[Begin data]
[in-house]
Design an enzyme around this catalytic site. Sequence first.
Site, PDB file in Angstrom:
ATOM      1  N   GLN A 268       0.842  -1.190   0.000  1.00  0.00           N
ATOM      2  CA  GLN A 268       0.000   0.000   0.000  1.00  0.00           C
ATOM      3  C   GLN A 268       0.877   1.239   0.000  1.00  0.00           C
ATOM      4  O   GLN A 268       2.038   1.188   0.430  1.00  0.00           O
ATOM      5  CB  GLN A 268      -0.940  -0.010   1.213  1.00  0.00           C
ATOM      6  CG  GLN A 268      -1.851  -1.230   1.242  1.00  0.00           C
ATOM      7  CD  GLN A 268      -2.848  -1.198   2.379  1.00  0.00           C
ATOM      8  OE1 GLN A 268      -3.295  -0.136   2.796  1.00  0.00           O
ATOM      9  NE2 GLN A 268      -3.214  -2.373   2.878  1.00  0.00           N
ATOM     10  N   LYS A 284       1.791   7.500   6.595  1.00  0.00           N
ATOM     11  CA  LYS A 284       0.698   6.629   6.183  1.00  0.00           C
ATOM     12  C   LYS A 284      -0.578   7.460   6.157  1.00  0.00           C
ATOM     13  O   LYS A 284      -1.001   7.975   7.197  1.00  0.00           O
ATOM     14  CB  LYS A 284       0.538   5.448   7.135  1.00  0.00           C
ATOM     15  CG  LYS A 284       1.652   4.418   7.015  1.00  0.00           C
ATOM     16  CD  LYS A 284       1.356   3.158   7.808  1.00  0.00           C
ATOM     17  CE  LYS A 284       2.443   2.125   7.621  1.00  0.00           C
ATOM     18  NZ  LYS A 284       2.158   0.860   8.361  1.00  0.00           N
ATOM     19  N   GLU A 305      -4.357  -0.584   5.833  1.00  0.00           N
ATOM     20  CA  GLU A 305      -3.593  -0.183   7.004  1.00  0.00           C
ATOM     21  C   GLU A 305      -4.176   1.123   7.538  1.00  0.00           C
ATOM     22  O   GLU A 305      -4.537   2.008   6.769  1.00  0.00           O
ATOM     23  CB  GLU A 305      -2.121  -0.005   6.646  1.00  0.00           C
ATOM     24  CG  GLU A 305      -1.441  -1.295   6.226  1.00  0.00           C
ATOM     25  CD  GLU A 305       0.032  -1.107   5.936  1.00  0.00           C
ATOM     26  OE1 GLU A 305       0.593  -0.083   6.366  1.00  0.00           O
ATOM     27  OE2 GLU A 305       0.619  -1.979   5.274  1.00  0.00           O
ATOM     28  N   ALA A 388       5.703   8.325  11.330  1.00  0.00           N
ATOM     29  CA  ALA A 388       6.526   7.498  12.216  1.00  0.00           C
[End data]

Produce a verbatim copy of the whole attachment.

[in-house]
Design an enzyme around this catalytic site. Sequence first.
Site, PDB file in Angstrom:
ATOM      1  N   GLN A 268       0.842  -1.190   0.000  1.00  0.00           N
ATOM      2  CA  GLN A 268       0.000   0.000   0.000  1.00  0.00           C
ATOM      3  C   GLN A 268       0.877   1.239   0.000  1.00  0.00           C
ATOM      4  O   GLN A 268       2.038   1.188   0.430  1.00  0.00           O
ATOM      5  CB  GLN A 268      -0.940  -0.010   1.213  1.00  0.00           C
ATOM      6  CG  GLN A 268      -1.851  -1.230   1.242  1.00  0.00           C
ATOM      7  CD  GLN A 268      -2.848  -1.198   2.379  1.00  0.00           C
ATOM      8  OE1 GLN A 268      -3.295  -0.136   2.796  1.00  0.00           O
ATOM      9  NE2 GLN A 268      -3.214  -2.373   2.878  1.00  0.00           N
ATOM     10  N   LYS A 284       1.791   7.500   6.595  1.00  0.00           N
ATOM     11  CA  LYS A 284       0.698   6.629   6.183  1.00  0.00           C
ATOM     12  C   LYS A 284      -0.578   7.460   6.157  1.00  0.00           C
ATOM     13  O   LYS A 284      -1.001   7.975   7.197  1.00  0.00           O
ATOM     14  CB  LYS A 284       0.538   5.448   7.135  1.00  0.00           C
ATOM     15  CG  LYS A 284       1.652   4.418   7.015  1.00  0.00           C
ATOM     16  CD  LYS A 284       1.356   3.158   7.808  1.00  0.00           C
ATOM     17  CE  LYS A 284       2.443   2.125   7.621  1.00  0.00           C
ATOM     18  NZ  LYS A 284       2.158   0.860   8.361  1.00  0.00           N
ATOM     19  N   GLU A 305      -4.357  -0.584   5.833  1.00  0.00           N
ATOM     20  CA  GLU A 305      -3.593  -0.183   7.004  1.00  0.00           C
ATOM     21  C   GLU A 305      -4.176   1.123   7.538  1.00  0.00           C
ATOM     22  O   GLU A 305      -4.537   2.008   6.769  1.00  0.00           O
ATOM     23  CB  GLU A 305      -2.121  -0.005   6.646  1.00  0.00           C
ATOM     24  CG  GLU A 305      -1.441  -1.295   6.226  1.00  0.00           C
ATOM     25  CD  GLU A 305       0.032  -1.107   5.936  1.00  0.00           C
ATOM     26  OE1 GLU A 305       0.593  -0.083   6.366  1.00  0.00           O
ATOM     27  OE2 GLU A 305       0.619  -1.979   5.274  1.00  0.00           O
ATOM     28  N   ALA A 388       5.703   8.325  11.330  1.00  0.00           N
ATOM     29  CA  ALA A 388       6.526   7.498  12.216  1.00  0.00           C